A vast archive of wartime German documents on the Nazi Holocaust has been opened to the public.
The archive contains details on the fate of millions of the Nazi's victims
The 47m documents, kept in Germany, contain detailed records on 17.5m forced labourers, concentration camp victims and political prisoners.
Previously, the files were only used to trace missing persons, reunite families and provide information for compensation claims.
The International Committee of the Red Cross (ICRC) manages the files.
The whole archive takes up some 26km (16 miles) of shelving in the town of Bad Arolsen in western Germany.
The files are not expected to shed dramatic new light on the Nazi regime - already one of the most researched periods of modern history.
But it will provide historians with more details about the murder and exploitation of millions of Jews, Roma (Gypsies) and other victims.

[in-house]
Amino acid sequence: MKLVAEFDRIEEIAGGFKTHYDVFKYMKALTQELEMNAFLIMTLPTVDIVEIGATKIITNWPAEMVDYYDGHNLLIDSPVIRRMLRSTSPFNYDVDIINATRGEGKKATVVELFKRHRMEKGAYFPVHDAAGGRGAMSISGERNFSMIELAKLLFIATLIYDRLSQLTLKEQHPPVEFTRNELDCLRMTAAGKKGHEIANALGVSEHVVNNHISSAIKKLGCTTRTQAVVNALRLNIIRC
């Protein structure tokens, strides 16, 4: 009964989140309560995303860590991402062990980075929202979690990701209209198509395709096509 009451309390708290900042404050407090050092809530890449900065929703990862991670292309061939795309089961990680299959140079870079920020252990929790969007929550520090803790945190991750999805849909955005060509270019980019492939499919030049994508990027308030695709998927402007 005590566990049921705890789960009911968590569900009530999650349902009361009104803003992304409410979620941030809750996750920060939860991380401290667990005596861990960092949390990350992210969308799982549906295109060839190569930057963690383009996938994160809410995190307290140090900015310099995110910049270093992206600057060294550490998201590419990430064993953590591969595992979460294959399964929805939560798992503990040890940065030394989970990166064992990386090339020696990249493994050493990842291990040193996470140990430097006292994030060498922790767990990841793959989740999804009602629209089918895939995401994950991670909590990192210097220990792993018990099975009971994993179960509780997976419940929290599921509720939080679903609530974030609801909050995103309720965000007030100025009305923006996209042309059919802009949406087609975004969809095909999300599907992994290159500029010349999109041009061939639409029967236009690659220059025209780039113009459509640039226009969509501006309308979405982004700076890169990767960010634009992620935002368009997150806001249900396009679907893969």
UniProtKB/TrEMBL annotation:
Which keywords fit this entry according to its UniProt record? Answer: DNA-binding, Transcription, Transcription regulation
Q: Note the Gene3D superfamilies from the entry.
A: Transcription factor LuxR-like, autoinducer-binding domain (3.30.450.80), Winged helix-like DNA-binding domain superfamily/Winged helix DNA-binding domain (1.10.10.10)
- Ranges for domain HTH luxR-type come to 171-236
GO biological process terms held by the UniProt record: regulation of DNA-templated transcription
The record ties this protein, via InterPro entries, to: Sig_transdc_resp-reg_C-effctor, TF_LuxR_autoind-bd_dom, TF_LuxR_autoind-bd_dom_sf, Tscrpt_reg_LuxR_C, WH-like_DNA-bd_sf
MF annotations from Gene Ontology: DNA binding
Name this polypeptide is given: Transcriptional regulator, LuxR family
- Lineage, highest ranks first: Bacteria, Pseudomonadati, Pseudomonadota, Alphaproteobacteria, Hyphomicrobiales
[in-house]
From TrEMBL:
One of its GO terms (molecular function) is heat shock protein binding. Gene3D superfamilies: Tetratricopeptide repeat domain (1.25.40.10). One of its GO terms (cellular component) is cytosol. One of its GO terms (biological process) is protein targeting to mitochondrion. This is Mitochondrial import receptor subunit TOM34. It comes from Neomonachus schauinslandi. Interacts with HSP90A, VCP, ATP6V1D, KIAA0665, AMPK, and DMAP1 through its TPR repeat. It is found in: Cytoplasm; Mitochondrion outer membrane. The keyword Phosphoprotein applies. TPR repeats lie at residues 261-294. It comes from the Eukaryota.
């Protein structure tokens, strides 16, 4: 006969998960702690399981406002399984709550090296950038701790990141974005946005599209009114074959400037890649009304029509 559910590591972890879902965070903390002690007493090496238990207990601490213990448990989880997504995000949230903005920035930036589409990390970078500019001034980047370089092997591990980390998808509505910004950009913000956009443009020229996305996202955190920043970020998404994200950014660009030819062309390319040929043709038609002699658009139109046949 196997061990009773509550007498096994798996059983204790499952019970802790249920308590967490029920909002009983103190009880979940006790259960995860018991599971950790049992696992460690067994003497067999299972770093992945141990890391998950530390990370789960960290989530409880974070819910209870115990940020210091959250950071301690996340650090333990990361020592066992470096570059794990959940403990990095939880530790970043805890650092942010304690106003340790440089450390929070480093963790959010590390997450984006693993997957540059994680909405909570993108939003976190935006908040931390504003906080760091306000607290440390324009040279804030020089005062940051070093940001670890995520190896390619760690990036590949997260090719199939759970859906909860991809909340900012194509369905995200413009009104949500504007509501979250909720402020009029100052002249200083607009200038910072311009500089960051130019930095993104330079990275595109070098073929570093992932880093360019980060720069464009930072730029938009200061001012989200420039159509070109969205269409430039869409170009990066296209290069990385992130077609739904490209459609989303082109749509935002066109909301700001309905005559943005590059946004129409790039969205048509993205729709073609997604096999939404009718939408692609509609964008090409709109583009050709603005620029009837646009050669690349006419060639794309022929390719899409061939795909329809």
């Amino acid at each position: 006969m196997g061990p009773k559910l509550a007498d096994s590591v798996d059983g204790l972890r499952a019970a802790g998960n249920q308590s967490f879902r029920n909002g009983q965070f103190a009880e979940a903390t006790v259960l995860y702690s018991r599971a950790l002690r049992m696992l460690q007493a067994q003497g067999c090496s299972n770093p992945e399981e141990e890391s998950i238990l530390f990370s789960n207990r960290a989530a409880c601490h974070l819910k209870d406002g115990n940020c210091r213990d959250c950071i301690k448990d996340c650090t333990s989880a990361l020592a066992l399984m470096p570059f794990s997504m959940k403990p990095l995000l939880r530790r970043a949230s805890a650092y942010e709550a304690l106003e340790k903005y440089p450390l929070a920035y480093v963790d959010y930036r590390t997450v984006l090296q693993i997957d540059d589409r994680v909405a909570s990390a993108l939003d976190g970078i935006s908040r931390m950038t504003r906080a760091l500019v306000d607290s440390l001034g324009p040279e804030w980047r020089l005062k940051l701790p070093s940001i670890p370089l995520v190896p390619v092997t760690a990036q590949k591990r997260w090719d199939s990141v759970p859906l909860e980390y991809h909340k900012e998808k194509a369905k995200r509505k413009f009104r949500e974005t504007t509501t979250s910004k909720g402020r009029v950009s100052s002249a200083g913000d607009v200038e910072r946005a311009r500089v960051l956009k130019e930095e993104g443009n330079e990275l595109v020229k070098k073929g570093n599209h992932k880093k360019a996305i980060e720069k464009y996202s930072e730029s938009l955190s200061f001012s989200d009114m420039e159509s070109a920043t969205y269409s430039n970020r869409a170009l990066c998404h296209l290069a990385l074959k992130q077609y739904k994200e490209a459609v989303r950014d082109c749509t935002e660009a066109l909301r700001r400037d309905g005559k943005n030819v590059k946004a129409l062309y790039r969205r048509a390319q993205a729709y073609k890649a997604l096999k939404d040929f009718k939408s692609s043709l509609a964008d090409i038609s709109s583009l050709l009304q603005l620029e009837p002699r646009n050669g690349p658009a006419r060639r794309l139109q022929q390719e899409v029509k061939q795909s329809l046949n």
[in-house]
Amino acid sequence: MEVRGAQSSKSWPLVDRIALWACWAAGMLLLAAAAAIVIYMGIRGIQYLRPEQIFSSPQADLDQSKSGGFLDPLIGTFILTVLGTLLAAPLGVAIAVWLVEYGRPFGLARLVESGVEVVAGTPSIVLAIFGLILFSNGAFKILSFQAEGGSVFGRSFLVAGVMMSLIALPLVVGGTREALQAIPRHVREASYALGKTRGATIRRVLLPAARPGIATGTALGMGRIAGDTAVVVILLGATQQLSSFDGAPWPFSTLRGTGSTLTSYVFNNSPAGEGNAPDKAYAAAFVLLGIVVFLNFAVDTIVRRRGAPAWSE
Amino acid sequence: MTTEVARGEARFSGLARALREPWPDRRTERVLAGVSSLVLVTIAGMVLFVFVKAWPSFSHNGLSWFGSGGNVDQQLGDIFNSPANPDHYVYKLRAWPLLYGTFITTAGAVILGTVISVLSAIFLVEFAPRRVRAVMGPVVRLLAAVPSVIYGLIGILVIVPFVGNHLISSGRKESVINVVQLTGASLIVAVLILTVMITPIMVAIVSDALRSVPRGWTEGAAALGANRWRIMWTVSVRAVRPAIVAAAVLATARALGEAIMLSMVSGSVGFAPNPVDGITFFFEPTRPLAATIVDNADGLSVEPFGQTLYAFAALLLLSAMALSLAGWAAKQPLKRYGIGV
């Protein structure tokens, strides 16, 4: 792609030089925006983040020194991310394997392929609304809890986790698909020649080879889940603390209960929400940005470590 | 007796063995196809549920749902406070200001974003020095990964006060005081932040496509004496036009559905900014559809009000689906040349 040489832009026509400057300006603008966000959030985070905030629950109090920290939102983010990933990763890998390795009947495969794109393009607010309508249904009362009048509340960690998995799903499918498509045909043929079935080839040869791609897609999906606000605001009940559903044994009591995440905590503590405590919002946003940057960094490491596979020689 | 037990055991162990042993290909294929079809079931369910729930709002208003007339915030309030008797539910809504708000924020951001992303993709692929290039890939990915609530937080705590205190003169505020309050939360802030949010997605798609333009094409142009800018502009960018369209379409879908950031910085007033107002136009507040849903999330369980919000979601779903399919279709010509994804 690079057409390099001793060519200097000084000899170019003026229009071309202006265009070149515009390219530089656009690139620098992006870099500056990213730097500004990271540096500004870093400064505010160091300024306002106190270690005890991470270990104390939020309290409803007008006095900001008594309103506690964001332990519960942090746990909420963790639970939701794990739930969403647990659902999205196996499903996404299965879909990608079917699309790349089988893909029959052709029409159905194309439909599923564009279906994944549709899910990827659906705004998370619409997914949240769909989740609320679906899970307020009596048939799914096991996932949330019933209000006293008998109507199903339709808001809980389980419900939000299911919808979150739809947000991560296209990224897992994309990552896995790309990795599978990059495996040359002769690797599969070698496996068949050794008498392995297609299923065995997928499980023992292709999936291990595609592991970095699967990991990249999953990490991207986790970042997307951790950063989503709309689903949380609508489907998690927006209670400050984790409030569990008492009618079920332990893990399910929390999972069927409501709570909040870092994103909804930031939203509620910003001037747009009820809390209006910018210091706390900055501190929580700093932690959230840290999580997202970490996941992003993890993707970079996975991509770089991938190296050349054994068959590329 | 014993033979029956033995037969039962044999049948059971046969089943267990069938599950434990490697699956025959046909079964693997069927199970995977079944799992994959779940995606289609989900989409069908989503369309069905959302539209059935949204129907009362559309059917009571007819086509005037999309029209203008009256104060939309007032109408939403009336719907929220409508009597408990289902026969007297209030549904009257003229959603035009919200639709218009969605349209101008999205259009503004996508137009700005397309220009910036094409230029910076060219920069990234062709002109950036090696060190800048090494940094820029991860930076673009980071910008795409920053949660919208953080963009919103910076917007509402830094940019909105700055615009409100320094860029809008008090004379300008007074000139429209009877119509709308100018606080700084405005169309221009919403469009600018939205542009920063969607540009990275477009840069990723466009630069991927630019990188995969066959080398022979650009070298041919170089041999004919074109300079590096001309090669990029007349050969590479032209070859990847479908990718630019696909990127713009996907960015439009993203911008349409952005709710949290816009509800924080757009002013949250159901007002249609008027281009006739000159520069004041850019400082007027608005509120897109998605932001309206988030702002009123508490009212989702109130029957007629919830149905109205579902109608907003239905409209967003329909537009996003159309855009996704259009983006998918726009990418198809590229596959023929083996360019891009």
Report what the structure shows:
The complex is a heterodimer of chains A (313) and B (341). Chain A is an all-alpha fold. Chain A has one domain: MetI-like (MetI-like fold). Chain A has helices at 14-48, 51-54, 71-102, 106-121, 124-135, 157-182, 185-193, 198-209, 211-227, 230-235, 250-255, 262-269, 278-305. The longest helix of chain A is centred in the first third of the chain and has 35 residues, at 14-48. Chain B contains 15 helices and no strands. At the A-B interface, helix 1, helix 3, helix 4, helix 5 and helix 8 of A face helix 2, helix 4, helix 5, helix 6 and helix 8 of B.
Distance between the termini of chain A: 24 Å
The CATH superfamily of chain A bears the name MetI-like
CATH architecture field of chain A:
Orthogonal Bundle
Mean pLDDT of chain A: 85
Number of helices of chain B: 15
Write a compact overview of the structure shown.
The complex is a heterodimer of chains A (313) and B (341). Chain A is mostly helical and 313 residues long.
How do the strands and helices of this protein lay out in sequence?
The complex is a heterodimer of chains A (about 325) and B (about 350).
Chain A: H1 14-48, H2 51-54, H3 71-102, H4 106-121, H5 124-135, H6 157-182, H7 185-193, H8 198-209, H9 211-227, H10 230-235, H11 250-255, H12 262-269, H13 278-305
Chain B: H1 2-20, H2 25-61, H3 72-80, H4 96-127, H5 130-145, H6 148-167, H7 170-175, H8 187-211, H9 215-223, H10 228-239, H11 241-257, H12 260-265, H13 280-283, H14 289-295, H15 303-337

The Nazis kept records on the smallest details - from the number of lice on a prisoner's head to the exact moment of their execution.
Allied forces began gathering the records from concentration camps and other Nazi prisons as they swept across Europe at the end of World War II.
The move to open the archive came after the last of the 11 countries that sit on the body managing the archive ratified a 2006 agreement to allow public access.
"I would like to invite all researchers to make use of this, and work through this dark chapter of German history," said Guenter Gloser, Germany's deputy foreign minister for Europe.